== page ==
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I'm trying to make a function that takes in either 1 or 3 parameters, and returns either 1 or 3 values (based on parameters passed).

If 1 parameter is passed then the function uses default values for the other 2 arguments. If 3 parameters are passed then it uses those values.

bool foo( bool x, int &y = 0, int &z = 0) {

x = true; y = y + 1; z = z + 2;

return x;

}

Is this possible in C++ or am I confused with Java functions.

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Not possible with non-const references. –  BЈовић Sep 9 '11 at 14:57
    
What's the point of the one-argument version? –  Kerrek SB Sep 9 '11 at 15:01
    
How would you implement this in Java? Just out of curiosity, I don't think you can really implement this in Java, so there should be no confusion on that side... –  David Rodríguez - dribeas Sep 9 '11 at 15:03
    
in java what can be done easily is just making it static and whenever referenced. then it changes, but in c++ you can do it by reference. –  Kevin Sep 9 '11 at 19:10

5 Answers 5

up vote 4 down vote accepted

You can do it with two functions:

bool foo( bool x, int &y, int &z) {
    x = true; // this isn't really what it does, is it?
    y = y + 1; z = z + 2;
    return x;
}

bool foo(bool x)
{
    int a = 0, b = 0;
    return foo(x,a,b);
}
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1  
It's useless. a and b are useless, as its local to the overloaded function. –  Nawaz Sep 9 '11 at 15:06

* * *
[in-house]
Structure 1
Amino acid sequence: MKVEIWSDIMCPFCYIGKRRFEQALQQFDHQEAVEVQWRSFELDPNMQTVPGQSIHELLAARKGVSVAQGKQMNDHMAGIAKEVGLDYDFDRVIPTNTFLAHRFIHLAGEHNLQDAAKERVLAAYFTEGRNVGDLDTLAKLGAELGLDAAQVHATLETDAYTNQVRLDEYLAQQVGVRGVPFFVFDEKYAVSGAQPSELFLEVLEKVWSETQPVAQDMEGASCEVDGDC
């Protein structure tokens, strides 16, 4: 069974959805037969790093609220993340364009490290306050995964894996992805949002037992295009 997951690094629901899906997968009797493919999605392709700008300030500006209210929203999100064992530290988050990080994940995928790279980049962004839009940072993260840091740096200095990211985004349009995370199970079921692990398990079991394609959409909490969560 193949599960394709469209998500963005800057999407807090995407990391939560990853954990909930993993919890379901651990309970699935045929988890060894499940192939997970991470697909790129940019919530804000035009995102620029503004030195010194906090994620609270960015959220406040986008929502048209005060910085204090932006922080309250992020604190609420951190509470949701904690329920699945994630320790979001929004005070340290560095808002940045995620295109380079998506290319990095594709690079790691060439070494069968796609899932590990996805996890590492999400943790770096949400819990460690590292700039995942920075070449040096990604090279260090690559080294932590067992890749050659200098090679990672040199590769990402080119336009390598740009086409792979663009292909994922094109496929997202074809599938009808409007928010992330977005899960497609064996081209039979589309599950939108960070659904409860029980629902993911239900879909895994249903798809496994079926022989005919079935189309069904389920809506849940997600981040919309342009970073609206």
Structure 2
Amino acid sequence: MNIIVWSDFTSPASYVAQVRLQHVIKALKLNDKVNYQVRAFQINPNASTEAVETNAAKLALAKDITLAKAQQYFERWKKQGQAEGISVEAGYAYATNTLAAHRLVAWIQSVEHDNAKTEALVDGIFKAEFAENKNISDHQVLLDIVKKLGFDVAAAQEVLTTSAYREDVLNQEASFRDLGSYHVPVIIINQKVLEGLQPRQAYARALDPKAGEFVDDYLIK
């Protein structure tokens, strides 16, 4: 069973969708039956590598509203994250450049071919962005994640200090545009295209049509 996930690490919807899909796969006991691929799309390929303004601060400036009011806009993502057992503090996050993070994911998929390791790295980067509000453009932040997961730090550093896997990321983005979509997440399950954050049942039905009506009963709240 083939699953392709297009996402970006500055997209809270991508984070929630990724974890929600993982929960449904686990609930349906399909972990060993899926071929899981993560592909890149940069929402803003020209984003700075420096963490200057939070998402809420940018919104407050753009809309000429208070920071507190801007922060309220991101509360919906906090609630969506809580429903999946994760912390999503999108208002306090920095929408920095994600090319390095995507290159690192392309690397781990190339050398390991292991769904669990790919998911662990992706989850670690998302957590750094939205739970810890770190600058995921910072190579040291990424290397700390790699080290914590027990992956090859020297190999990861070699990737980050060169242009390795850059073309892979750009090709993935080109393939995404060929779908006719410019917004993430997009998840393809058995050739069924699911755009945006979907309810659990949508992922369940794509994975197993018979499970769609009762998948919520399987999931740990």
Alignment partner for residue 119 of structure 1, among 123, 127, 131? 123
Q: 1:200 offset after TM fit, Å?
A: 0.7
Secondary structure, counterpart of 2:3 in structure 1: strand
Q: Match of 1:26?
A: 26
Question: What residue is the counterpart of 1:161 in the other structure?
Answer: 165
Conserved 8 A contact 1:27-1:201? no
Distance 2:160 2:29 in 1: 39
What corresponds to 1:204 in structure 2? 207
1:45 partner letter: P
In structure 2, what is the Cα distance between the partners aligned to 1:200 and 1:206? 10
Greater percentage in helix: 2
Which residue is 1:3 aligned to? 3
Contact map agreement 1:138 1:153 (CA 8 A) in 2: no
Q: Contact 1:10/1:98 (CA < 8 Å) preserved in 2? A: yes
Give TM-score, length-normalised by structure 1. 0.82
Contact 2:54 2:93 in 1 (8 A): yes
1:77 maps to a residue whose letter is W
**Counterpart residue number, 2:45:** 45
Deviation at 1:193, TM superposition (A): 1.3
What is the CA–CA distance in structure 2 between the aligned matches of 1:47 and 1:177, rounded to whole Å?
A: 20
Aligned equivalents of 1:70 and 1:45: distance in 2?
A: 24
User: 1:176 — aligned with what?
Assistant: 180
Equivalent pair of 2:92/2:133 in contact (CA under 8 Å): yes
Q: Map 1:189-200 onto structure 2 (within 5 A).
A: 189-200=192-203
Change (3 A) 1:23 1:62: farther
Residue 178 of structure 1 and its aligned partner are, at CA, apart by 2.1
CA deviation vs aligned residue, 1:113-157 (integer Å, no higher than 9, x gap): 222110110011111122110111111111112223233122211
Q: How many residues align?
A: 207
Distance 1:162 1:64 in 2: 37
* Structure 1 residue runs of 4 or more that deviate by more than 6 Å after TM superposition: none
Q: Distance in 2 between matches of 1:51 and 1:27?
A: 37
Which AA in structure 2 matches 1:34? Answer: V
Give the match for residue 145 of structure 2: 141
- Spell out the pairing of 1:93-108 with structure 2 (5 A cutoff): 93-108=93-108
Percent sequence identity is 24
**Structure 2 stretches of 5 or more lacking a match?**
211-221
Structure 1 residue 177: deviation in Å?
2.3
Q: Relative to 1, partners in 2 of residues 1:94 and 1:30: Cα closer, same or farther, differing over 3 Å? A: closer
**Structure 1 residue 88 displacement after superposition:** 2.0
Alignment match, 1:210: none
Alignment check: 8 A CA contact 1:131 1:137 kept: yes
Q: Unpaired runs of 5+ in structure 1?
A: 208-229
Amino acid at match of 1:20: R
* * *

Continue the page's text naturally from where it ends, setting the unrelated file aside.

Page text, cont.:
1  
@Nawaz: I'm making the assumption that his function does something more complex than he is showing, and he doesn't want to duplicate that functionality. In that case, you're right a and b are useless. They are simply dummy values that allow the first version to be called from the second. –  Benjamin Lindley Sep 9 '11 at 15:08

Any function always returns only 1 value. Returning 2 or more values is not possible directly.

Indirectly, it happens when you pass parameters by reference. Since the two parameters &y and &z are passed by references, hence changes to them can be reflected back directly.

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You can do this by passing by reference..

by doing so you are making a method that points to a memory location. When that memory location is changed, then your value is changed.

Link http://publib.boulder.ibm.com/infocenter/comphelp/v8v101/index.jsp?topic=%2Fcom.ibm.xlcpp8a.doc%2Flanguage%2Fref%2Fcplr233.htm

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You cannot do that this way. You can, however, overload that function with different number of parameters, and return, maybe, a std::vector or std::list with the results.

EDIT:

Being more sophisticated, you can use tuples for that:

typedef boost::tuple<bool,int,int> my_data_t;
my_data_t my_tuple(true, 1, 0);

then, you define your function like this:

bool foo( my_data_t & t)
{
    t.get<0>() = true;
    int& y = t.get<1>();
    y = y+1;
    int& z = t.get<2>();
    z = z+2;
    return t.get<0>();
}

and call it this way:

bool result = foo ( my_tuple );

then, out of the function, you'll see my_tuple.get<1>() (the corresponding to y) as 2 (1+1).

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I am not sure what you are trying to do, but you can kind of return multiple values of different type using boost::tuple.

boost::tuple<bool, int, int> foo( bool x, int y = 0, int z = 0) {

    x = true; y = y + 1; z = z + 2;

    return boost::make_tuple(x, y, z);

}

int main() {
    boost::tuple<bool, int, int> result = foo(x, 1, 2);

    std::cout << boost::get<0>(result) << boost::get<1>(result) << boost::get<2>(result);
}

You could also use boost::optional, if you only want to return x, if only 1 parameter is passed.

Btw. tuple is available in C++11 too.

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